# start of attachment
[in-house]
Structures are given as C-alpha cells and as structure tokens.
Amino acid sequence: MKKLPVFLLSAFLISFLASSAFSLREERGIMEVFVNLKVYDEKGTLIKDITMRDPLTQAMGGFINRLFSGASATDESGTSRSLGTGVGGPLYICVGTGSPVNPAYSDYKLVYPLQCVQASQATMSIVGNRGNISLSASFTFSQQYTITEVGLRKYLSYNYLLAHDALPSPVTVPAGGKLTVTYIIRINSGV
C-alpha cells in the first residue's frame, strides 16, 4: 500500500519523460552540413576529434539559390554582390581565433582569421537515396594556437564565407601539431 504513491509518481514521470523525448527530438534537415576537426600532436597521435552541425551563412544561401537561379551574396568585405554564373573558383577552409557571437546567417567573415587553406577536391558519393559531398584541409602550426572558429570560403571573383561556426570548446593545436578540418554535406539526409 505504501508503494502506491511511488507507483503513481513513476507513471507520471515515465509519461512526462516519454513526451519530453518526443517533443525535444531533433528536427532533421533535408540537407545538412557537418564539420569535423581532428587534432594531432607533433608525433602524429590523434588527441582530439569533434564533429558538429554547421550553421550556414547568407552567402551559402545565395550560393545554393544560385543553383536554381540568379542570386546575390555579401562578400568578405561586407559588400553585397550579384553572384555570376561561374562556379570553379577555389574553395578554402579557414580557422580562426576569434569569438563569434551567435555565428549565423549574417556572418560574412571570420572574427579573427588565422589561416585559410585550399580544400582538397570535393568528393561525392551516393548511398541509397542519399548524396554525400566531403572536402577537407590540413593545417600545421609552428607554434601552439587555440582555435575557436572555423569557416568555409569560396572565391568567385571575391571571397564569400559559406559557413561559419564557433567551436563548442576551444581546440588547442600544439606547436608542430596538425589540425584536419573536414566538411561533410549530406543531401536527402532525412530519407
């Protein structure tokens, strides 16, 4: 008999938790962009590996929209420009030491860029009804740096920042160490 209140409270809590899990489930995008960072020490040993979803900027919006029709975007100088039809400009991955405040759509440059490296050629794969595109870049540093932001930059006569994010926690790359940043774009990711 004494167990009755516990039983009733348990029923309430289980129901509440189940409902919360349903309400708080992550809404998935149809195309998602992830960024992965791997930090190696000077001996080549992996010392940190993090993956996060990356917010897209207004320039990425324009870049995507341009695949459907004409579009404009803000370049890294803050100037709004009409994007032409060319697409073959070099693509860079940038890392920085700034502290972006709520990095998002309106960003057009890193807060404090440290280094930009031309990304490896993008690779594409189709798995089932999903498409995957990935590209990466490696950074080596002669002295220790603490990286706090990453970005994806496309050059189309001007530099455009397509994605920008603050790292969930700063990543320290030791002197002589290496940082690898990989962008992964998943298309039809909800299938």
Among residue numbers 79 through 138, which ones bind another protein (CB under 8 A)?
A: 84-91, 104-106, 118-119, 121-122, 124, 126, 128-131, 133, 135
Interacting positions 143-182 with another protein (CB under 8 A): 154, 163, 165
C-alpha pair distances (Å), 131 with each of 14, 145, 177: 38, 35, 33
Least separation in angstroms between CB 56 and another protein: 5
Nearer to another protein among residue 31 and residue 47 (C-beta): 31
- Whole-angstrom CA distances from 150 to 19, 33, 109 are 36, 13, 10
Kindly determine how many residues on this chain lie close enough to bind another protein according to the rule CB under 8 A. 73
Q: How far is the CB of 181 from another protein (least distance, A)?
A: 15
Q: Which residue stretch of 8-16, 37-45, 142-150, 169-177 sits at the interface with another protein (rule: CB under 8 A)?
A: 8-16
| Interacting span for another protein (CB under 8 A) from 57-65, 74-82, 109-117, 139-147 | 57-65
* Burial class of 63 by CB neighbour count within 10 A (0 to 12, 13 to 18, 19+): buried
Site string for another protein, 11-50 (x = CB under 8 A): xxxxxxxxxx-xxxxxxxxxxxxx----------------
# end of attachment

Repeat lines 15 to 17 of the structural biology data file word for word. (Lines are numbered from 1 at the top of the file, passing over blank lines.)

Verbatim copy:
A: 15
Q: Which residue stretch of 8-16, 37-45, 142-150, 169-177 sits at the interface with another protein (rule: CB under 8 A)?
A: 8-16